Do you know the difference between a physiotherapist and an FCAMPT physiotherapist? The latter has four extra years of training on orthopedics and healing. They are basically the top 1% of all physios in terms of injury expertise. My colleagues are FCAMPT physios.

Do you know the difference between an old-school chiropractor and new-school? This is harder to delineate, but old school chiros usually max out your benefits whacking and cracking you every week. A new school chiro on the other hand, has a variety of treatment modalities that include not cracking your back, and look to get you out of the clinic cycle as soon as possible. My colleagues are new-school chrios.

New school chiros and FCAMPT physio are almost exactly the same in what they do.

Do you know the difference between a doctor and sport doctor? The implied title says it all. Seeing your GP for an injury is a waste of time.

Also note you should not get a diagnosis from your personal trainer. This is outside our scope of practice. We can make suggestions and encourage you to seek treatment. On that note I don’t want to brag, but I will. I correctly guessed my client’s of a back injury she didn’t know she had, by the way her squat felt in her quads and knees. She was a Type A achiever and was great at ignoring pain. She got an MRI that week and had a crushed disc in her back, and didn’t even know it.


Follow the treatment plan

Things that may seem silly or irrelevant to you, might be a major healing factor. Like those annoying little rehab exercises. They help your body learn how to move right, and they actually help at the microscopic tissue level, rebuild the tissue in the right alignment. Cool eh? Typical compliance to these exercises is 0-50%. My best compliance to rehab was about 80%. It’s just darn difficult!

The treatment plan includes avoiding re-injury. If you feel anything more than faint pain in the injured area, I want you to imagine a construction site collapsing. Concrete, iron, and wood, imploding to the ground in a cloud of dust. That is your injury losing a week of tissue rebuilding because you tested it too soon.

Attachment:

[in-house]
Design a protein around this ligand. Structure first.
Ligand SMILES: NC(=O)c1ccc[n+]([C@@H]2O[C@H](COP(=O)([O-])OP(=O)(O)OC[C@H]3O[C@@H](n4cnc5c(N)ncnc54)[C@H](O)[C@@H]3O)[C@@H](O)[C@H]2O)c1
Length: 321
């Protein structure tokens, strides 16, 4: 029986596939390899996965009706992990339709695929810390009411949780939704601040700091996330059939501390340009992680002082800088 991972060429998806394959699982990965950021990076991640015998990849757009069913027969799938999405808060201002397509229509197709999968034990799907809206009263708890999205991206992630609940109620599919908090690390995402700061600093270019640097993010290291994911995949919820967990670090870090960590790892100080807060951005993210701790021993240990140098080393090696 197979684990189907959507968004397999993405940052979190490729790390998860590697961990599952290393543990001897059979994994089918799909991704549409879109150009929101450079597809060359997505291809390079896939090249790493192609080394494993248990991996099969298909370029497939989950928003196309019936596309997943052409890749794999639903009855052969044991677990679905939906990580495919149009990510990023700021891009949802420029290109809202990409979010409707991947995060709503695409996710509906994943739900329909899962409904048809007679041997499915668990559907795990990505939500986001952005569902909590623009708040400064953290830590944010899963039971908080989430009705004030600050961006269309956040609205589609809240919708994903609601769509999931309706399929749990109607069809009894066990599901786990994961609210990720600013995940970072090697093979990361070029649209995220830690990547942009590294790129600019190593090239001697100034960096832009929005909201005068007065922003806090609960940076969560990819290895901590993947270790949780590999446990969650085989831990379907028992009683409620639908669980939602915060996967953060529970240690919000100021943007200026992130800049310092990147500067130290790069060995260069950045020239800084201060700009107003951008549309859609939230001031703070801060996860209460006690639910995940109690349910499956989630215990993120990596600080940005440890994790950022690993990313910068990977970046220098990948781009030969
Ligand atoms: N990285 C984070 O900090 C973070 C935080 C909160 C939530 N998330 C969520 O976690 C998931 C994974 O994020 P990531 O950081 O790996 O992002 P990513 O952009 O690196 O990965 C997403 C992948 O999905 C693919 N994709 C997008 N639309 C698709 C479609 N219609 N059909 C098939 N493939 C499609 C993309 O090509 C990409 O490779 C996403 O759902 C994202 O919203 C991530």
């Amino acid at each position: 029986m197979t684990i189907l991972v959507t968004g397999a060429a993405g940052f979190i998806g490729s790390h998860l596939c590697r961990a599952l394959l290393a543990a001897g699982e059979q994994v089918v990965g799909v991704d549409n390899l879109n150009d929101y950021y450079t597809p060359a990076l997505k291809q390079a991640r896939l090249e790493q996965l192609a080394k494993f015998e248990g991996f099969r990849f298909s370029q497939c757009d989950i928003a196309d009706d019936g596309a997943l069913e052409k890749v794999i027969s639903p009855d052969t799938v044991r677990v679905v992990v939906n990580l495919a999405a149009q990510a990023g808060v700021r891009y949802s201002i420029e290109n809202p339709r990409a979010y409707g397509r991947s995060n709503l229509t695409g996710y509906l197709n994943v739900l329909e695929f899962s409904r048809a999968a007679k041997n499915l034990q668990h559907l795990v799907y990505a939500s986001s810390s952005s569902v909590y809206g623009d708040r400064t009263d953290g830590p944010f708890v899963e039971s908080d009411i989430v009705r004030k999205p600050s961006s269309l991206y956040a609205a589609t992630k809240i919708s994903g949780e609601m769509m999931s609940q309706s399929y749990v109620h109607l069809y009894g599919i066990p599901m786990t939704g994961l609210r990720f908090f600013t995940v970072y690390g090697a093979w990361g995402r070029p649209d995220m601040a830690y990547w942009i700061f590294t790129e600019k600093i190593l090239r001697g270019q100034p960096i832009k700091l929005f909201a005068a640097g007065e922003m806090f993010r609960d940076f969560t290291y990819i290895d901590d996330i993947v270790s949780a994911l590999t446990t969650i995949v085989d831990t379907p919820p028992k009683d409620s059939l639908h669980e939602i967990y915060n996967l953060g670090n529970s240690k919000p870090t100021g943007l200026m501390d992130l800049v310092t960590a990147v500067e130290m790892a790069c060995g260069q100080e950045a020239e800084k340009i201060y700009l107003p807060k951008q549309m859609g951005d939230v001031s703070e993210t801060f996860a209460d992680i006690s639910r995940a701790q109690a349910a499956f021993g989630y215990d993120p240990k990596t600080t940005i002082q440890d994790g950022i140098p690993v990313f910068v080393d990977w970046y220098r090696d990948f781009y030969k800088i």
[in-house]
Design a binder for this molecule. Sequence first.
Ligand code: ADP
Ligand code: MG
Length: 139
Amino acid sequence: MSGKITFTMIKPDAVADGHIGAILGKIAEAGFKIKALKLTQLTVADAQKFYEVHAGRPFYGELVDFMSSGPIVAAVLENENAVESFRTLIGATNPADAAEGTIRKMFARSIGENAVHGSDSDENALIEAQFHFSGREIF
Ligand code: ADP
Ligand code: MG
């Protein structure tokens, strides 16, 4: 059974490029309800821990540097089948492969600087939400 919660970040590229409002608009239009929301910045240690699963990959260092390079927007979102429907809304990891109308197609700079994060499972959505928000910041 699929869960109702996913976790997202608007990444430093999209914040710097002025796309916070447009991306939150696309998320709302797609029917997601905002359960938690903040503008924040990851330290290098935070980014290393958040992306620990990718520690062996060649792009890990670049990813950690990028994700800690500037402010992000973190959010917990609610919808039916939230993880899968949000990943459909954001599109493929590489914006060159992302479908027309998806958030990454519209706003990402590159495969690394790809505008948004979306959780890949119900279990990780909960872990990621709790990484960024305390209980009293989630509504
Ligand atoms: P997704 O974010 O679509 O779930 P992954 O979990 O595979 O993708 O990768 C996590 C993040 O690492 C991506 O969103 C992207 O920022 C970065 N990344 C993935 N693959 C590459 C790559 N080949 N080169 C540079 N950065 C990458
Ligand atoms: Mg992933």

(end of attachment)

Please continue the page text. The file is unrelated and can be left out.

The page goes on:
Adapt and train what you can

This is difficult b/c you really have to think. You probably need a programming help. Whereas your previous training routine was simply that – routine. Autopilot. And just like changing any habit, we disengage autopilot and stumble through, having to THINK each step. It takes a ton of energy.


My workout program these days:

  • Leg rehab (mostly massage and stretching)
  • I can do hollow rocks (picture making your body like a canoe and rocking back and forth)
  • I can lift with my left arm and left leg.
  • All the rest I’m not sure if I’m hurting myself. So for now, I’m not pushing it.


Historically I was terrible at exercise adaptation. I’d get hurt and just stop everything. I couldn’t mentally handle going half-speed. This is binary thinking which is like a dagger in your progress heart. Binary thinking may have led to the injury in the first place.

And I wasn’t knowledgeable enough to work around it. And if you aren’t a rehab pro, you aren’t capable of programing this either.

Basically every little bit you do counts for something, which is the advice I give to healthy clients too.


Have Correct Nutrition

Keep your protein up. Depending on how severe your injury is, your tissue turnover might have actually increased, even though you’re training less

These are much higher doses than usual:

  • Vitamin A, 10,000 IU
  • Vitamin C, 2,000 mg
  • Copper, 4 mg
  • Zinc, 30 mg

Try to spread the doses out through the day.

Use appetite awareness. We always must do this but since you will be training less, you’ll need to eat less. But don’t starve yourself or you’ll hinder injury repair.

Avoid ice and anti-inflammatories at the start. Let the natural inflammation process do it’s thing. Use these for chronic pain, like after a few weeks.



  • Stay positive
  • Get the right diagnosis
  • Do your rehab


  • assuming (good or bad outcomes) as that is the path to emotional responses, which will usually hold back your healing process more than anything else.


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Kb Nutritionist and fun guy